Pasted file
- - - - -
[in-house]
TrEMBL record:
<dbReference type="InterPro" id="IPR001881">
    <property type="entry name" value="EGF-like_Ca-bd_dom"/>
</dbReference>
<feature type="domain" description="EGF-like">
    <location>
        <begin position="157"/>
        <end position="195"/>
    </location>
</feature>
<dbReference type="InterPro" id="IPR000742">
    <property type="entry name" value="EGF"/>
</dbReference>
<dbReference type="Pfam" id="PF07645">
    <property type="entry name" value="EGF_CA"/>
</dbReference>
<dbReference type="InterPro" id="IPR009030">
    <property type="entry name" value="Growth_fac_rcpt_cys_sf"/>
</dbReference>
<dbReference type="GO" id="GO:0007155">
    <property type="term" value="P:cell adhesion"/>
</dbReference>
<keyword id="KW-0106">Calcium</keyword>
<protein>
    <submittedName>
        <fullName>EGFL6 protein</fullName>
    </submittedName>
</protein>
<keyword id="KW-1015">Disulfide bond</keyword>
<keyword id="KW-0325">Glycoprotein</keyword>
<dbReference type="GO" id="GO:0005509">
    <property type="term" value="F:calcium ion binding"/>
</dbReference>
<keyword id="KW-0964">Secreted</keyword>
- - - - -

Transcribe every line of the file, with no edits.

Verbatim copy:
[in-house]
TrEMBL record:
<dbReference type="InterPro" id="IPR001881">
    <property type="entry name" value="EGF-like_Ca-bd_dom"/>
</dbReference>
<feature type="domain" description="EGF-like">
    <location>
        <begin position="157"/>
        <end position="195"/>
    </location>
</feature>
<dbReference type="InterPro" id="IPR000742">
    <property type="entry name" value="EGF"/>
</dbReference>
<dbReference type="Pfam" id="PF07645">
    <property type="entry name" value="EGF_CA"/>
</dbReference>
<dbReference type="InterPro" id="IPR009030">
    <property type="entry name" value="Growth_fac_rcpt_cys_sf"/>
</dbReference>
<dbReference type="GO" id="GO:0007155">
    <property type="term" value="P:cell adhesion"/>
</dbReference>
<keyword id="KW-0106">Calcium</keyword>
<protein>
    <submittedName>
        <fullName>EGFL6 protein</fullName>
    </submittedName>
</protein>
<keyword id="KW-1015">Disulfide bond</keyword>
<keyword id="KW-0325">Glycoprotein</keyword>
<dbReference type="GO" id="GO:0005509">
    <property type="term" value="F:calcium ion binding"/>
</dbReference>
<keyword id="KW-0964">Secreted</keyword>